Linq to Python

r0g at
Wed Sep 24 22:09:55 CEST 2008

bearophileHUGS at wrote:
> sturlamolden:
>> No, because Python already has list comprehensions and we don't need the XML buzzword.<
> LINQ is more than buzzwords. Python misses several of those features.
> So maybe for once the Python crowd may recognize such C# feature as
> much better than things present in Python.
> Said that, I presume Python will go on as usual, and LINQ-like
> capabilities will not be integrated in Python. In the meantime where I
> live lot of people will keep using C# instead of Python and CLisp,
> natural selection at work indeed.
> Bye,
> bearophile

LOL, I just read that and thought - Ok this sounds serious I'd better go
 find out what this LINQ business is all about so I googled.. and ended
up on MSDN where there's impressive sounding talk about how we need a
way to query databases and XML files with a unified syntax like we do
for for standard datatypes like files and arrays. Well yes,that makes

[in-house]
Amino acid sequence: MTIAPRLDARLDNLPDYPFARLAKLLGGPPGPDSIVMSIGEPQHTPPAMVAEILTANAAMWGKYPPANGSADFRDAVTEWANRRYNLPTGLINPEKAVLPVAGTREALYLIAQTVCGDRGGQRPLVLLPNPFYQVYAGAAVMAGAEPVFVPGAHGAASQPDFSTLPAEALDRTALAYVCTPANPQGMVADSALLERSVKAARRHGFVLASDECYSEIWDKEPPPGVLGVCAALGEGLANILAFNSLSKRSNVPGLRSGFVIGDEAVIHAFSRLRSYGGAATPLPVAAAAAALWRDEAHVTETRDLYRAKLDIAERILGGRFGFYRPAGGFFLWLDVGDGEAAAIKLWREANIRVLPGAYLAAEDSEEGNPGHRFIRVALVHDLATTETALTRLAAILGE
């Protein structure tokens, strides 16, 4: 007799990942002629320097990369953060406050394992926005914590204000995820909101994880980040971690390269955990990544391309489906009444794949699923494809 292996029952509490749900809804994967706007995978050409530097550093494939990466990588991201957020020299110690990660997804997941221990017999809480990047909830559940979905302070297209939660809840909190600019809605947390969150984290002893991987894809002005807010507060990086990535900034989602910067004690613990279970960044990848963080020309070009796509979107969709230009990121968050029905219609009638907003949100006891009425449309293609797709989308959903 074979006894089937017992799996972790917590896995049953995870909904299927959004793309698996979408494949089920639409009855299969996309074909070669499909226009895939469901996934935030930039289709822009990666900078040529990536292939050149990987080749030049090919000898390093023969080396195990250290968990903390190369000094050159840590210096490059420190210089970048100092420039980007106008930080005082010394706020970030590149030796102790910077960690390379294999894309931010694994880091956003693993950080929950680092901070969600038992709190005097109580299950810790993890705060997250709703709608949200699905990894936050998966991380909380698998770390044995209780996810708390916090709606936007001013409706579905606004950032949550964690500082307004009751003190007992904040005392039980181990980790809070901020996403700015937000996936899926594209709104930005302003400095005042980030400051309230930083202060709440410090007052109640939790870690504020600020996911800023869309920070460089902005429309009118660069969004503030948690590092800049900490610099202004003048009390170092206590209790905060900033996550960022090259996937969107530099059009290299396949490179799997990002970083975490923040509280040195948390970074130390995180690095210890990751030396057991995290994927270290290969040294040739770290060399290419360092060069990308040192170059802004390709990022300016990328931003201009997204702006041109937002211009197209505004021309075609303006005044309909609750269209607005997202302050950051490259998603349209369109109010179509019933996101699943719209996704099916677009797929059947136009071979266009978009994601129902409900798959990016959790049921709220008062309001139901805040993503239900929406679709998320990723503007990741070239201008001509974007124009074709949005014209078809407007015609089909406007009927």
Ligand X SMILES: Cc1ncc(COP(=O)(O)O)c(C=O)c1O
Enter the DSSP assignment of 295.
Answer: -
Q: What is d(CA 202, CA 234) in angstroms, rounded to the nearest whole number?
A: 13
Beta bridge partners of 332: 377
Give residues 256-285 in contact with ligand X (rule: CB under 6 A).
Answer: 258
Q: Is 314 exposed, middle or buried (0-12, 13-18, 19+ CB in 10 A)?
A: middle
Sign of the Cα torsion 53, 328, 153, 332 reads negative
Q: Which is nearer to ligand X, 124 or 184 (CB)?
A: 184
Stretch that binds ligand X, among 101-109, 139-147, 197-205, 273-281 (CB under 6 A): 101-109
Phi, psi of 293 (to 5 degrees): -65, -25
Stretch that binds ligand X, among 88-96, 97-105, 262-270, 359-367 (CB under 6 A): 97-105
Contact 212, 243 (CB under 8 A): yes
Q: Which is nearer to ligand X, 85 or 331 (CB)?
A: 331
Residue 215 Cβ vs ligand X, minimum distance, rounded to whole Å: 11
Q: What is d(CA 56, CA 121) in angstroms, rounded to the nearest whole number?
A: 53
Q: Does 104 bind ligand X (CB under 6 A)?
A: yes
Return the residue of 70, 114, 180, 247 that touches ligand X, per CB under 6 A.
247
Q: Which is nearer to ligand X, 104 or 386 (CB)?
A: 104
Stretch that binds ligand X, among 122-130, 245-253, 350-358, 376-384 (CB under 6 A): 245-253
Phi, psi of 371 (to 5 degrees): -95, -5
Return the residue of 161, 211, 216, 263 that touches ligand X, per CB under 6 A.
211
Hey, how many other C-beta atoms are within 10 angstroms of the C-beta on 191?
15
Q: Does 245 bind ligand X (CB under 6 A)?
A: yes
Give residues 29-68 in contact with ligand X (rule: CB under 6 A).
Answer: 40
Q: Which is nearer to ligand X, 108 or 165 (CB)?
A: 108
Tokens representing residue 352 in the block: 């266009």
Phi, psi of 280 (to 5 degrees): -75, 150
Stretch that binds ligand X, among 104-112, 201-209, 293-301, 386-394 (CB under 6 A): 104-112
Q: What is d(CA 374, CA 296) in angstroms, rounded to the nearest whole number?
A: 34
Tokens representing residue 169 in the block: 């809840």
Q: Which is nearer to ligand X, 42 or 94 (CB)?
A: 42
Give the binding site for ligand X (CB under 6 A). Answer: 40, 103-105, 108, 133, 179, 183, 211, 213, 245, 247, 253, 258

sense I think and proceed to look at their example code, curious as to
what this new paradigm looks like:

using System;
using System.Linq;
using System.Collections.Generic;

class app {
  static void Main() {
    string[] names = { "Burke", "Connor", "Frank",
                       "Everett", "Albert", "George",
                       "Harris", "David" };

    IEnumerable<string> query = from s in names
                               where s.Length == 5
                               orderby s
                               select s.ToUpper();

    foreach (string item in query)

ROTFLMAO! Wow, what progress they're making! Quick guys let's jump on
before we get left behind - we dont want to miss out on this exciting
and mysterious 'foreach' construct or this strange and exotic sounding
'IEnumerable query' thing. To think that python might someday reach such
lofty heights where we'll be able to simply write...

names = ["Burke", "Connor", "Frank", "Everett",
         "Albert", "George", "Harris", "David"]

result = [each.upper() for each in names if len(each) == 5]


for each in result: print each

Yes clearly 'the Python crowd' must admit LINQ is 'much better', I'm
sold, in fact off to download my "Free, but limited editions of Visual
Studio 2005 for a single programming language supported by .NET" right away!

OK so maybe I'm being naive here but it looks to me like this new
paradigm's big idea is to use a python + SQL type syntax to access data
in random objects. Big whoop. It's not that difficult to write a
generators that wraps XML files and databases is it?

What am I missing here?

Roger Heathcote.

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